What The State Department Doesn’t Want You To Know

Last April, in its 18th annual report on terrorism, the State Department reported the number of terrorist attacks around the globe had fallen. The White House pounced on the report, using it as objective proof that President Bush was winning the war on terrorism. Just a few months later, the State Department had to revise the 2003 figures and acknowledge the original report drastically underreported the number of terrorist attacks. In fact, the number of significant terrorist attacks in 2003 had increased.

It’s a year later, and the new State Department report on terrorist attacks is due next week. According to former State Department terrorism expert Larry Johnson, statistics were set to show there were 625 “significant” attacks last year, making 2004 the worst year for terrorist attacks in two decades.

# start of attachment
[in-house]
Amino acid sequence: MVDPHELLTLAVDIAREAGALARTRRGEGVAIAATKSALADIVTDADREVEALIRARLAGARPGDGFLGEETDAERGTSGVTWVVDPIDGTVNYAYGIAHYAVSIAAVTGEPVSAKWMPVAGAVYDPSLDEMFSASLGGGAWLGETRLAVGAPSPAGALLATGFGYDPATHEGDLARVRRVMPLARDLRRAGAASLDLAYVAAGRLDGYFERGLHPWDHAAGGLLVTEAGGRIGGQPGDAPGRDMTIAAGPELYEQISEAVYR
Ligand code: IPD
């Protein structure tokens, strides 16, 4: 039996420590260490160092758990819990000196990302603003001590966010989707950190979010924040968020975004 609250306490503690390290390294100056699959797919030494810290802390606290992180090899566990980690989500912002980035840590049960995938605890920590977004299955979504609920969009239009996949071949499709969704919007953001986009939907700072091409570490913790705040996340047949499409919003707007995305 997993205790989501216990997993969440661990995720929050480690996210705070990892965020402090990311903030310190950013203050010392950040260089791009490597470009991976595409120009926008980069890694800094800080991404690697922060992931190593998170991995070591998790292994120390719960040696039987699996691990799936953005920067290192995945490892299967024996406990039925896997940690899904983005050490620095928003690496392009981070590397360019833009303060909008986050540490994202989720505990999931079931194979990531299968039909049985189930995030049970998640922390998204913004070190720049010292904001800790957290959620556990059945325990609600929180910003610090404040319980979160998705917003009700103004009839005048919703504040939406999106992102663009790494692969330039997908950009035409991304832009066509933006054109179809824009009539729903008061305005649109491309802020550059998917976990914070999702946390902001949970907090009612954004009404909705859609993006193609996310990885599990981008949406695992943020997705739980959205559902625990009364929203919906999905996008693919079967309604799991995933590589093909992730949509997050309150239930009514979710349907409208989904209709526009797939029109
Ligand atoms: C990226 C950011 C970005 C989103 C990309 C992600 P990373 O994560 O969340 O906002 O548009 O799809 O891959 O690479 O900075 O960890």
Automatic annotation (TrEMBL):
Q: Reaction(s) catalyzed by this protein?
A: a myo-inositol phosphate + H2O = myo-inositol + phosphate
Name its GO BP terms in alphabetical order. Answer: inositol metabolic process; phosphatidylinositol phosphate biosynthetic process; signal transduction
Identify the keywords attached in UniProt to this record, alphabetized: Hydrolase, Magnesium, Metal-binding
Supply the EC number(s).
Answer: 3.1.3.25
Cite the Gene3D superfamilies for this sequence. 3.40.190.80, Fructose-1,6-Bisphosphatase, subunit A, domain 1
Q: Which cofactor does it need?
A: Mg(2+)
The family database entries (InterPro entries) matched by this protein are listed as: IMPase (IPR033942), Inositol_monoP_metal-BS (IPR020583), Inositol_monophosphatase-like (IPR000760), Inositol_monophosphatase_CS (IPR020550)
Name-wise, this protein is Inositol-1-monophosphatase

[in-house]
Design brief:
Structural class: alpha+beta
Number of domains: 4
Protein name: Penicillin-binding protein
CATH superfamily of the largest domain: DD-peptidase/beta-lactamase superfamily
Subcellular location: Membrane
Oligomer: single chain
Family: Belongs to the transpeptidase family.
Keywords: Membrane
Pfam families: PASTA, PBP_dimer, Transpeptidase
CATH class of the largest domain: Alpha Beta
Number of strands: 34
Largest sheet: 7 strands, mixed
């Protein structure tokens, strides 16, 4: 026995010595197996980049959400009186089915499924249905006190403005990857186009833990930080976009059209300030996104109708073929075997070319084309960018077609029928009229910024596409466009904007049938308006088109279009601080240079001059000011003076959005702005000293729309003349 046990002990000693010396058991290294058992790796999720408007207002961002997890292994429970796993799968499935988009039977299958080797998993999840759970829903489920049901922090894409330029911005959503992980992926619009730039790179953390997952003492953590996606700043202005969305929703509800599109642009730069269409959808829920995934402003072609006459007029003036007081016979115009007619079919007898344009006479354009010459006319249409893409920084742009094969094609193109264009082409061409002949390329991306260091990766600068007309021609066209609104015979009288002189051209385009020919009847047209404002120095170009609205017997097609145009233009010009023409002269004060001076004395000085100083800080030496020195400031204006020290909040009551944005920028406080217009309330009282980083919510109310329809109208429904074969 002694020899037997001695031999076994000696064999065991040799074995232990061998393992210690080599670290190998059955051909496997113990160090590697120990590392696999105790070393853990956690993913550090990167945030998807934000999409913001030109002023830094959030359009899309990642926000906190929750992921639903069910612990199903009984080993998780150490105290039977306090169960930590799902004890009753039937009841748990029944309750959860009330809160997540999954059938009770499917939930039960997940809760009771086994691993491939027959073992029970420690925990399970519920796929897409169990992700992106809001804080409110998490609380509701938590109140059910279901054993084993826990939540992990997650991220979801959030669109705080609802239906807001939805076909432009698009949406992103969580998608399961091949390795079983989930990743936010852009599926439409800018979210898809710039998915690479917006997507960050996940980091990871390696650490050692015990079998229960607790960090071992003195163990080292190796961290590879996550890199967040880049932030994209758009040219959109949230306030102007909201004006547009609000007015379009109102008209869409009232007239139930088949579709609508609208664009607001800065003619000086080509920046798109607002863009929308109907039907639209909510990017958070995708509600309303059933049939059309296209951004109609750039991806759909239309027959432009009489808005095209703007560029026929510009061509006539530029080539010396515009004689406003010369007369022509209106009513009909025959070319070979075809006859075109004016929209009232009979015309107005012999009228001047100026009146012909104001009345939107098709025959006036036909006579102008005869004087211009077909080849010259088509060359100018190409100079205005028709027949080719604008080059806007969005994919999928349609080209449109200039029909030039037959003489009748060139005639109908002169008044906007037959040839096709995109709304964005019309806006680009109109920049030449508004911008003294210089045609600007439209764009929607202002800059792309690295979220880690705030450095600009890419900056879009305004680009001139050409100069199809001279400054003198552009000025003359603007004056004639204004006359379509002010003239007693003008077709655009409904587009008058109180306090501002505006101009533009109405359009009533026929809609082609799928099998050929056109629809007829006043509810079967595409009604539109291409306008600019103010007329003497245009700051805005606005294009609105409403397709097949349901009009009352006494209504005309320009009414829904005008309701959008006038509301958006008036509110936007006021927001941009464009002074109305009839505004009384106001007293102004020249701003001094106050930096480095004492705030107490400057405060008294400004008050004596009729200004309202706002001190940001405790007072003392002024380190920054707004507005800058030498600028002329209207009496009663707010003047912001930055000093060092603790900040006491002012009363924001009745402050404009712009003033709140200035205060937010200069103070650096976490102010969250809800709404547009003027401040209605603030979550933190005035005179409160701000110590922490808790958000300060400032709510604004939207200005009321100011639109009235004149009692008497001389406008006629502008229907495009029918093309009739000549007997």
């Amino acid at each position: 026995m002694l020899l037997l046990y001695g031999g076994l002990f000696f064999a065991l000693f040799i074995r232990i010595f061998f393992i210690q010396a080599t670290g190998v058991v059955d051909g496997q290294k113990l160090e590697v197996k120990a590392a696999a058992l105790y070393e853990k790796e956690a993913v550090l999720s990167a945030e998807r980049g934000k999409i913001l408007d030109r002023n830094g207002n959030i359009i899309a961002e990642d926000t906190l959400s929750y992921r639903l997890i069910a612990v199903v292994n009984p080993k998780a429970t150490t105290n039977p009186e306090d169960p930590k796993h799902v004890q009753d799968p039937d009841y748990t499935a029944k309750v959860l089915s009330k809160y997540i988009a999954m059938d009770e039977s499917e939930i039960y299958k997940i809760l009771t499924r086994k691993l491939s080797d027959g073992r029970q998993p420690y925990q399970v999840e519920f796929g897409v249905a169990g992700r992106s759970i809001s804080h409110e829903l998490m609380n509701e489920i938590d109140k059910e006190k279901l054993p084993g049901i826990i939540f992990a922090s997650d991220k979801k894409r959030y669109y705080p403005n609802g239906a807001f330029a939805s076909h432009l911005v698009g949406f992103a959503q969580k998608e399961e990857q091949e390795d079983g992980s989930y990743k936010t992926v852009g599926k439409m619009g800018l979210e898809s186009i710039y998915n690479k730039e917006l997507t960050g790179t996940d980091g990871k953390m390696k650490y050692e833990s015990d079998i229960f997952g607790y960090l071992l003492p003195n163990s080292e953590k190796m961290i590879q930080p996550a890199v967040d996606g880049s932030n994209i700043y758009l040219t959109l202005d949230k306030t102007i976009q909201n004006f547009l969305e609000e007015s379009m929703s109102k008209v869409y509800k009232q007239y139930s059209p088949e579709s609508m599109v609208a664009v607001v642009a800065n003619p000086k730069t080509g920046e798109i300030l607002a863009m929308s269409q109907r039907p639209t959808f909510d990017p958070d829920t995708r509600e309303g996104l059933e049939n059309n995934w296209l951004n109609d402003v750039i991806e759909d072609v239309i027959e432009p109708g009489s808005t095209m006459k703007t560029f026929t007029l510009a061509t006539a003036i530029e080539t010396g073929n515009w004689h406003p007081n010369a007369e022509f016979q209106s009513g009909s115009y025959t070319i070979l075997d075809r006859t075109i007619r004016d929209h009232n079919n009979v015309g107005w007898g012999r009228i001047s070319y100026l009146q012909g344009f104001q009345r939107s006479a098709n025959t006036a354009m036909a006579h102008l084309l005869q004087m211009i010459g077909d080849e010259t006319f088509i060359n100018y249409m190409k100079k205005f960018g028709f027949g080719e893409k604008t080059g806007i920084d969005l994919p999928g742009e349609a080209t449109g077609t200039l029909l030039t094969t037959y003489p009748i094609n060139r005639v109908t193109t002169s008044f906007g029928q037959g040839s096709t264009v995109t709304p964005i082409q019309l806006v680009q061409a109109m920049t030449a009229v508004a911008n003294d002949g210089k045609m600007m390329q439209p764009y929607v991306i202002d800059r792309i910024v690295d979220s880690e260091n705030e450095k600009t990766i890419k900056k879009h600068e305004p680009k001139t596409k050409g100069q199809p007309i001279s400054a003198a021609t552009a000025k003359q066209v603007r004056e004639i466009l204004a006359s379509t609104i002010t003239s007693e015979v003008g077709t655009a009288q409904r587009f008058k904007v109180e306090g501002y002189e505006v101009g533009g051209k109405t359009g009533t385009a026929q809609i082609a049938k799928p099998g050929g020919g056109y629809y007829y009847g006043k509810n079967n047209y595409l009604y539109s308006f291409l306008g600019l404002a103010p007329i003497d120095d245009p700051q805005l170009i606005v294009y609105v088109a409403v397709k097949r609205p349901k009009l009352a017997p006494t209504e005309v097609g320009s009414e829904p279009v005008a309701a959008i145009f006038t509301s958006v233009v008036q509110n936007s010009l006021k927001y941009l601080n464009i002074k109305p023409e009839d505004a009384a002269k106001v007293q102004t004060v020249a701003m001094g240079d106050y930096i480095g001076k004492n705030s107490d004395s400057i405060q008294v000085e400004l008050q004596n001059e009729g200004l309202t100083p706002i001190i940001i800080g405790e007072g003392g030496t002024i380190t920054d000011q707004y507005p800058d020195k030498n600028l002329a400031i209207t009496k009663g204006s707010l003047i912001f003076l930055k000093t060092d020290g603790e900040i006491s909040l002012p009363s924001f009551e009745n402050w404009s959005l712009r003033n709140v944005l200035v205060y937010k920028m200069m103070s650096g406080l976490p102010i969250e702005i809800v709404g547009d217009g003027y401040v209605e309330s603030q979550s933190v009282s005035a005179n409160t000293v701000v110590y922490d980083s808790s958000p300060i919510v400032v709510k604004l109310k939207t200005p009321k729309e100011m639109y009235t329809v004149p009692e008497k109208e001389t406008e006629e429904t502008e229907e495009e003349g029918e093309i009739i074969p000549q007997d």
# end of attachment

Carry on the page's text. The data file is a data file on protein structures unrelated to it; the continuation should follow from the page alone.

So the State Department simply decided not to publish the statistics this year. Instead, they say numbers will be compiled by the brand-new National Counterterrorism Center.

The State Department’s report on terrorism, sans numbers, is still due to Congress by the end of this month. But what about the numbers and statistics on international terrorist incidents? In today’s press briefing, spokesman Richard Boucher admitted:

“Don’t have a date yet. They’ve agreed to do it; don’t have a date yet…. I don’t know when.”

Don’t hold your breath.